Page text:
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  • Straddling Class in the Academy: 26 Stories of Students, Administrators, and Faculty From Poor and Working-Class Backgrounds and Their Compelling Lessons for Higher Education Policy and Practice by Sonja Ardoin and Becky Martinez
  • Rachel Renbarger and Kody Long
Straddling Class in the Academy: 26 Stories of Students, Administrators, and Faculty From Poor and Working-Class Backgrounds and Their Compelling Lessons for Higher Education Policy and Practice Sonja Ardoin and becky martinez Sterling, VA: Stylus Publishing, 2019, 360 pages, $29.95 (softcover)

In Straddling Class in the Academy, Sonja Ardoin and becky martinez bring 26 individuals together to discuss how social class has impacted their journeys through higher education. They do this because "there is critical learning to be had from those poor or working-class backgrounds, particularly in the academy, because it is founded on and immersed in elitism" (p. 6). Each chapter focuses on a particular group of people, starting with current undergraduate students, moving to faculty and administrators, and ending with individuals who have left higher education. Within each chapter are narratives from three individuals on how they experienced class, because "stories can be used as a platform to inform higher education how it maintains social class inequities" (p. 5). The narratives are powerful, highlighting how class and [End Page 669] continued time within the academy shape identities. Additionally, each story provides a concrete example of how higher education often excludes those from poor and working-class backgrounds. At the end of each chapter, Ardoin and martinez briefly provide their analysis of the three narratives and then conclude the book with a thematic analysis of all of the narratives. Depending on the chapter, the analysis by the authors can feel more like a summary, but the conclusion chapter expertly considers all 26 narratives to highlight how class consistently impacts higher education experiences.

In the introduction, the authors provide an overview of social class and detail their own positionality before introducing the contributing writers of the following chapters. They pique the interest of the readers by demonstrating the power of a person's story and also provide an overview of their analytical approach with the stories throughout the book.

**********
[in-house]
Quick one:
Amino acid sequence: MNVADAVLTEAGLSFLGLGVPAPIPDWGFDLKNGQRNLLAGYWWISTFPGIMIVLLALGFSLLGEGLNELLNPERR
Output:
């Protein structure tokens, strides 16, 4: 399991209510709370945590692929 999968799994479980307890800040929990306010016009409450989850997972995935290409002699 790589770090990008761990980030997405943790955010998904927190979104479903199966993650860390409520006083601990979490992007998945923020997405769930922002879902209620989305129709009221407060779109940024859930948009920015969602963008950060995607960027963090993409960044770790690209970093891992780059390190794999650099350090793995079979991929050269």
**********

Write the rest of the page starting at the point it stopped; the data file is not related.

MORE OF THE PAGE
In chapter 1, the authors immediately cite research on the willful exclusion of higher education toward the poor and working class. Then, they describe research on how class can impact experiences for each group within higher education. This pointed literature review speaks to the need for the following chapters and preemptively provides credibility to each of the writers. In the second half of chapter 1, the authors discuss what is meant by social class, defining four different theoretical models: Bourdieu's (1972/1977, 1984/1993) cultural and social capital, Yosso's (2005) community cultural wealth model, the social class worldview model by Liu, Soleck, Hopps, Dunston, and Pickett (2004), and social class concepts by Hurst (2010). None of the models are especially prioritized or heralded, leaving the reader to wonder which model is the most appropriate for conceptualizing class in the following chapters.

Chapter 2 includes the narratives of three undergraduate students from three different institutions that span the United States. Class became an important part of developing their identities even though they differed in how they thought about and defined poor and working class. Each student also discussed the challenges they continue to face, such as the price of tuition and engaging in new academic practices.

Chapter 3 includes the narratives from graduate students in both masters and PhD programs at two different institutions. Each of these students discussed how social class influenced their identities and how they desired to get an advanced degree to give back to their communities. Each reflected on different struggles they had encountered along the way, such as increasing student loan debt and feeling disconnected from their families.

In chapter 4, narratives from three early-career administrators at three different institutions relay how these individuals felt their administrators helped them succeed in college; they chose careers in administration to help more low-class students in the same ways. They discussed being challenged by lower salaries and prestige compared to their peers with similar degrees and differing types of positions. Additionally, due...


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pp. 669-672
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